“Look,” Teukros offered, “Medousa’s a Spartan woman; do you really think she’d be happy with us?”
“What do you mean?” Ajax demanded. “Are you saying that I couldn’t–?”
“Ajax,” Teukros interrupted. “Think! Do you really believe Medousa would be satisfied to remain locked away in the women’s quarters of the palace? Never able to go out on her own? And even if you did allow it, no one in Salamis would accept it.”
“And I hear Spartan women can own property, and have inheritances. Would you rob Medousa of that? Or will you renounce your position and go live as a Spartan?”
“You don’t understand, Teukros.”
“Would she remain content never to ride out to the hunt?”
“And what about children? Would you allow her to train and educate your daughters as well as your sons?”
“Enough!” Ajax cried. He halted, and placed a hand against his brother’s chest. “I have already approached Medousa. I am going to speak to her guardian, and arrange a proper courtship.”
“Teukros,” Ajax interrupted, his face like thunder. “Will you do as I ask? Or not?”
Teukros looked upset, but he managed a smile.
“Very well, my Brother. When shall I leave?”
“Next week,” Ajax told him. “I want to go over what I want you to say to Father. And I’ll have a letter for you to deliver.”
Some days later, Medousa was making her prayers at the garden upon the Acropolis behind the temple, when Ajax interrupted her. She had been badly startled at first, thinking it was old Erectheus again, growing bolder.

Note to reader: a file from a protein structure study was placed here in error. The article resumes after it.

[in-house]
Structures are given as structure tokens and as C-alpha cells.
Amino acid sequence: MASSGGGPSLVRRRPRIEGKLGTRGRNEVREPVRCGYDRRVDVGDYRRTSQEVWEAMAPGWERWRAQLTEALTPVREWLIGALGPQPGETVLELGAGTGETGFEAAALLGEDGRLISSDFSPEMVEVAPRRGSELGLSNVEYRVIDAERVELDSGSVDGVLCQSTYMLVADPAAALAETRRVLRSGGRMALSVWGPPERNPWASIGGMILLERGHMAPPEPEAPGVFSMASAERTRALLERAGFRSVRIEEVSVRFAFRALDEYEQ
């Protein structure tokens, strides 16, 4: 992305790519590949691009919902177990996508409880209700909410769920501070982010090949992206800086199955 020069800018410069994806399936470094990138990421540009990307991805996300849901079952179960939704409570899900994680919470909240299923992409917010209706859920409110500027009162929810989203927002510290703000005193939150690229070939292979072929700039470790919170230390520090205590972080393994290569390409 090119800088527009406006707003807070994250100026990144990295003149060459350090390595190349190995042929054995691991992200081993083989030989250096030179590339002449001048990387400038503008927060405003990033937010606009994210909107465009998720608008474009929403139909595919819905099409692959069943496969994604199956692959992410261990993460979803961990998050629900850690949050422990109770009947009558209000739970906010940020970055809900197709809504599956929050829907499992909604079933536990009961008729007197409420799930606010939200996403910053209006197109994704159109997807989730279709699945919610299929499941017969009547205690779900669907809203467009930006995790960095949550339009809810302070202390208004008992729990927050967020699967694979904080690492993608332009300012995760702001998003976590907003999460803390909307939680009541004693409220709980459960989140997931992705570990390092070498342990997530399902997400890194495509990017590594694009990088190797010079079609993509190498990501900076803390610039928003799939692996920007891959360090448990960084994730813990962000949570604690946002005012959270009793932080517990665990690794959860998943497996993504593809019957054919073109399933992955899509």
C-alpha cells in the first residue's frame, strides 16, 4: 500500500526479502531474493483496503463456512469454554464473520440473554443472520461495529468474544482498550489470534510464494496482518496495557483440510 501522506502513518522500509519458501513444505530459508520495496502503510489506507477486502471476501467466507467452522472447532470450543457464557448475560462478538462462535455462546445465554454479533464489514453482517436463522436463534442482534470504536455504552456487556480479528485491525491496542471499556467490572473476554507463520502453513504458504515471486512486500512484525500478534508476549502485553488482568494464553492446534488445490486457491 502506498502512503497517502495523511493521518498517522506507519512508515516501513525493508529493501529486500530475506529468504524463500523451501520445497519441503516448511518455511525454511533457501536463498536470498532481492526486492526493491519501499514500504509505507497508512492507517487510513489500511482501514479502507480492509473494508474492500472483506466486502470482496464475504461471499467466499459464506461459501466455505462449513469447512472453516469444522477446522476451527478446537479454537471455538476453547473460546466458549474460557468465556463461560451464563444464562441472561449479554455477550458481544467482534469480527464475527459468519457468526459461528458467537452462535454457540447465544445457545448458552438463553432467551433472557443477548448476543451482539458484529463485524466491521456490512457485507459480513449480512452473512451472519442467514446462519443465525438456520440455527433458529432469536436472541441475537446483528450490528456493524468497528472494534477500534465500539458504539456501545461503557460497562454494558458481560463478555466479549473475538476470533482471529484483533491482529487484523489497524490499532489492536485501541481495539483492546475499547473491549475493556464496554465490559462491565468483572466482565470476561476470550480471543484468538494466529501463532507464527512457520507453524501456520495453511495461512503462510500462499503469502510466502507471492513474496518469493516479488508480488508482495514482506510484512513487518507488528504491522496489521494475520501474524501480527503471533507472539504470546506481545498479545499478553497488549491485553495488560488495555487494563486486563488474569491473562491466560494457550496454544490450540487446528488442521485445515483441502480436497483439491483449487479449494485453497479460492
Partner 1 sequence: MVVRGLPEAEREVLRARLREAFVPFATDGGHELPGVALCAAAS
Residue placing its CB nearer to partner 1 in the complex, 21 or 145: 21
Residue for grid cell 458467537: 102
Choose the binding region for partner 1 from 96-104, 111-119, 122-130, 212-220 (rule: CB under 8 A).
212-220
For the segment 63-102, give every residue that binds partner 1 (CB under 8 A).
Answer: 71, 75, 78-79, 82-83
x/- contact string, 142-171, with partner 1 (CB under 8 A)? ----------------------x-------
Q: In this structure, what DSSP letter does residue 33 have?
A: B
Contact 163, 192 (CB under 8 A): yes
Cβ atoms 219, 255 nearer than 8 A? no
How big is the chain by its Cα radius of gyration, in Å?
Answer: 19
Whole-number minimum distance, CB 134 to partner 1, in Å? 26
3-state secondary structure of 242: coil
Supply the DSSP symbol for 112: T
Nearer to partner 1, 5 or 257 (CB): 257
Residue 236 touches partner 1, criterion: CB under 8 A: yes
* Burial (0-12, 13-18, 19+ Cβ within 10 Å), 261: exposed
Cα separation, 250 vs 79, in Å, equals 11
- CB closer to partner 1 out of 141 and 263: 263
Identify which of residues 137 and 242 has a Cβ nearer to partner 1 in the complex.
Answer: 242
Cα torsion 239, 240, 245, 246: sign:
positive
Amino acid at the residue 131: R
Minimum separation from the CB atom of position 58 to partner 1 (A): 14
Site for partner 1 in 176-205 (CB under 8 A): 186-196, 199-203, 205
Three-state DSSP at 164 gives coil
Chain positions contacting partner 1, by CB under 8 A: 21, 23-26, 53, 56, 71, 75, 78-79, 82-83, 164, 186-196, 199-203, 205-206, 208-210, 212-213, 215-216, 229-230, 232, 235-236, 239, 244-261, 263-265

“Oh, it’s you, Ajax,” she said, relaxing.
“Hello Medousa,” Ajax smiled.
They sat together on one of the stone benches.
“I’m sorry about the other night,” Medousa said, blushing. “I’m sorry we chased you away like that.”
Ajax laughed. “It’s alright. I understand. You and Cynisca are…close, aren’t you?”
Medousa nodded, smiling.
They sat silently for a while, as if unsure of what to say.
“And– And how do you feel about me…?” Ajax asked. And then, he took Medousa in his arms and kissed her. Medousa was surprised. But she found herself melting into his arms, returning his kiss. She quickly came to herself and pushed away, standing up.
“Medousa, I am no poet to weave pretty words for you,” he said as he drew her back down to sit with him. “I have sent my brother back to Salamis to petition our father on my behalf. I have asked him to arrange with your family that we might marry.”
Medousa spoke nothing, but her smile and her sparkling sapphire eyes expressed doubt. She gazed into Ajax’s face.
“I have heard nothing from home as yet,” he said. “But I expect to receive a reply within a week or two.”
“And do you think King Telemon will approve of me?”
“I don’t care,” said Ajax. “I will have no other.”
Medousa’s smile faded. “Ajax,” she murmured, “Even princes cannot dictate to their fathers whom they will or will not marry. And you will certainly not be allowed to take a foreign woman whom you’ve only just met. Don’t be so foolish.”
“But–” He began to protest. She laid her hand on his lips.
“No promises that you won’t be able to keep.”
“I want you, Medousa.”
“Oh, Ajax. You don’t know who and what I really am. If you did–”
“I know all I need to know about you, Medousa.”
His earnest sincerity unsettled her. She still couldn’t quite bring herself to believe that this young princeling would be interested in her. Part of her wondered what it would be like to make love to him. Part of her wondered about the children he might give her. But the greater part of her was nervous and frightened. She stood again, noting the disappointment so obviously displayed on Ajax’s face. She bent down quickly and kissed him, but then tore her eyes away from his and ran as fast as she could back to the Parthenon.